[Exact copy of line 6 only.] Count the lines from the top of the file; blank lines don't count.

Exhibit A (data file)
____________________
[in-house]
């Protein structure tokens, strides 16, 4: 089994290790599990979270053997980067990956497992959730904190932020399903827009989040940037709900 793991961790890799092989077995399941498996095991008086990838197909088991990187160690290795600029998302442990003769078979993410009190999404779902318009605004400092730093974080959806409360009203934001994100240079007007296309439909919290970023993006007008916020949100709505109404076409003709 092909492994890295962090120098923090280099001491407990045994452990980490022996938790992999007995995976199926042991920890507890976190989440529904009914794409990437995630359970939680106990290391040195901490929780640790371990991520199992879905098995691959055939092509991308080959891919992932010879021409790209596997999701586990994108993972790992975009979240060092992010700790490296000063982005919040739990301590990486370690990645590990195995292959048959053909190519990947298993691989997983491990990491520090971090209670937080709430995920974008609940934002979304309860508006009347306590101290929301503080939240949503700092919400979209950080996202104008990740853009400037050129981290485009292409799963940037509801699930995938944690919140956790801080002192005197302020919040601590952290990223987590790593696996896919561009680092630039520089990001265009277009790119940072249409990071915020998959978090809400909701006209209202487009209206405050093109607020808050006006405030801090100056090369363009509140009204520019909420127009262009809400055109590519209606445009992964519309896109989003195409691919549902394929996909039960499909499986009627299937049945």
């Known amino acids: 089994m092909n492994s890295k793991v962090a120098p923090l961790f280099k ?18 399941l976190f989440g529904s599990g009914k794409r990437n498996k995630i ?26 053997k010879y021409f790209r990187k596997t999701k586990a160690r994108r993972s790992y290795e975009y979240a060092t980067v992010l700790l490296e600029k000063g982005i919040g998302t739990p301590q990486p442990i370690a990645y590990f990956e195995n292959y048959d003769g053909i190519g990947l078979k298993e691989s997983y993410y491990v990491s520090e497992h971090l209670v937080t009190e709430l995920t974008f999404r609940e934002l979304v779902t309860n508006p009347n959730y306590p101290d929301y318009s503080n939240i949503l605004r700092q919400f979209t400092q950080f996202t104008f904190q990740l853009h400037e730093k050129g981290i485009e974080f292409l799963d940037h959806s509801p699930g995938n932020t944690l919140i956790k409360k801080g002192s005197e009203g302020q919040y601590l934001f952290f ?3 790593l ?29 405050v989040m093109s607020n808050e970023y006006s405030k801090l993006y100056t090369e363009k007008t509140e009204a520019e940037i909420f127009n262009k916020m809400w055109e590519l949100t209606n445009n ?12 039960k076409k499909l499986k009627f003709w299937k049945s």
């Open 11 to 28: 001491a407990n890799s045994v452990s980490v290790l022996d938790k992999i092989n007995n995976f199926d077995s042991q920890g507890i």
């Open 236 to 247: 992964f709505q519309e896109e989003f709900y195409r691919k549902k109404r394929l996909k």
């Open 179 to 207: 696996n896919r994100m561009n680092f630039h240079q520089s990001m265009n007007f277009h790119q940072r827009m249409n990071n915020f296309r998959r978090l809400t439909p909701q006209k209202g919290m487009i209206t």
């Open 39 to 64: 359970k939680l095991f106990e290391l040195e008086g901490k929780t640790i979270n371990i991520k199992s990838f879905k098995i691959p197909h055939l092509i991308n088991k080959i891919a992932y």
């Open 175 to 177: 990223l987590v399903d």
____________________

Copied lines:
């Open 179 to 207: 696996n896919r994100m561009n680092f630039h240079q520089s990001m265009n007007f277009h790119q940072r827009m249409n990071n915020f296309r998959r978090l809400t439909p909701q006209k209202g919290m487009i209206t």